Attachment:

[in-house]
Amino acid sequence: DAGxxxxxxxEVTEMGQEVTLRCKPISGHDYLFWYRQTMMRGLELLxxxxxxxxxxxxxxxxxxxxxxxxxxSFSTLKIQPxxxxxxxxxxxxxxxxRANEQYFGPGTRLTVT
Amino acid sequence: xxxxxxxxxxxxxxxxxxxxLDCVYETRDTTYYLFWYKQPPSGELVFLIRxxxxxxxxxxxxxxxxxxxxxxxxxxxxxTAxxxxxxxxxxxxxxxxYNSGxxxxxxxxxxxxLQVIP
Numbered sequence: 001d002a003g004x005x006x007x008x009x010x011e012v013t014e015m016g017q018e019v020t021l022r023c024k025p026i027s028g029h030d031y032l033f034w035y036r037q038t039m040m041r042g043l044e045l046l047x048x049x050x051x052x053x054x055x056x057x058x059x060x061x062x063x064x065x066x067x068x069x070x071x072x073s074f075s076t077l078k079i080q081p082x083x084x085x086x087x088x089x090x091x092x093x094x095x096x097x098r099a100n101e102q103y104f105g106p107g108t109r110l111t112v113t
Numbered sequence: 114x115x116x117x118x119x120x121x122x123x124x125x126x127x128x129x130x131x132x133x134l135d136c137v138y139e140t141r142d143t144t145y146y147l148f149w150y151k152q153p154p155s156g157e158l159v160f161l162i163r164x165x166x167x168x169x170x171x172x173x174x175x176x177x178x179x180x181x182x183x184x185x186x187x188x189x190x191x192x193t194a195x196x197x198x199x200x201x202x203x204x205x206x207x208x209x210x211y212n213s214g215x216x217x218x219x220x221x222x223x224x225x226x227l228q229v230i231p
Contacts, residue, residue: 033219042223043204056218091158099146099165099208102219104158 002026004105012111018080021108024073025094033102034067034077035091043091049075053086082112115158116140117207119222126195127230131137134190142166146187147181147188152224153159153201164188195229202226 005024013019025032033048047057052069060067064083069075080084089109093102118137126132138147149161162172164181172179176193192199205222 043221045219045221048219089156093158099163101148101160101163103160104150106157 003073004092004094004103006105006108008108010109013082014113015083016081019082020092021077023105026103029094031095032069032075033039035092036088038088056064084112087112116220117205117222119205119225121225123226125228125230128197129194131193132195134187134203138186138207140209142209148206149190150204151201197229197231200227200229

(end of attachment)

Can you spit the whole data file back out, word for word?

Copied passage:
[in-house]
Amino acid sequence: DAGxxxxxxxEVTEMGQEVTLRCKPISGHDYLFWYRQTMMRGLELLxxxxxxxxxxxxxxxxxxxxxxxxxxSFSTLKIQPxxxxxxxxxxxxxxxxRANEQYFGPGTRLTVT
Amino acid sequence: xxxxxxxxxxxxxxxxxxxxLDCVYETRDTTYYLFWYKQPPSGELVFLIRxxxxxxxxxxxxxxxxxxxxxxxxxxxxxTAxxxxxxxxxxxxxxxxYNSGxxxxxxxxxxxxLQVIP
Numbered sequence: 001d002a003g004x005x006x007x008x009x010x011e012v013t014e015m016g017q018e019v020t021l022r023c024k025p026i027s028g029h030d031y032l033f034w035y036r037q038t039m040m041r042g043l044e045l046l047x048x049x050x051x052x053x054x055x056x057x058x059x060x061x062x063x064x065x066x067x068x069x070x071x072x073s074f075s076t077l078k079i080q081p082x083x084x085x086x087x088x089x090x091x092x093x094x095x096x097x098r099a100n101e102q103y104f105g106p107g108t109r110l111t112v113t
Numbered sequence: 114x115x116x117x118x119x120x121x122x123x124x125x126x127x128x129x130x131x132x133x134l135d136c137v138y139e140t141r142d143t144t145y146y147l148f149w150y151k152q153p154p155s156g157e158l159v160f161l162i163r164x165x166x167x168x169x170x171x172x173x174x175x176x177x178x179x180x181x182x183x184x185x186x187x188x189x190x191x192x193t194a195x196x197x198x199x200x201x202x203x204x205x206x207x208x209x210x211y212n213s214g215x216x217x218x219x220x221x222x223x224x225x226x227l228q229v230i231p
Contacts, residue, residue: 033219042223043204056218091158099146099165099208102219104158 002026004105012111018080021108024073025094033102034067034077035091043091049075053086082112115158116140117207119222126195127230131137134190142166146187147181147188152224153159153201164188195229202226 005024013019025032033048047057052069060067064083069075080084089109093102118137126132138147149161162172164181172179176193192199205222 043221045219045221048219089156093158099163101148101160101163103160104150106157 003073004092004094004103006105006108008108010109013082014113015083016081019082020092021077023105026103029094031095032069032075033039035092036088038088056064084112087112116220117205117222119205119225121225123226125228125230128197129194131193132195134187134203138186138207140209142209148206149190150204151201197229197231200227200229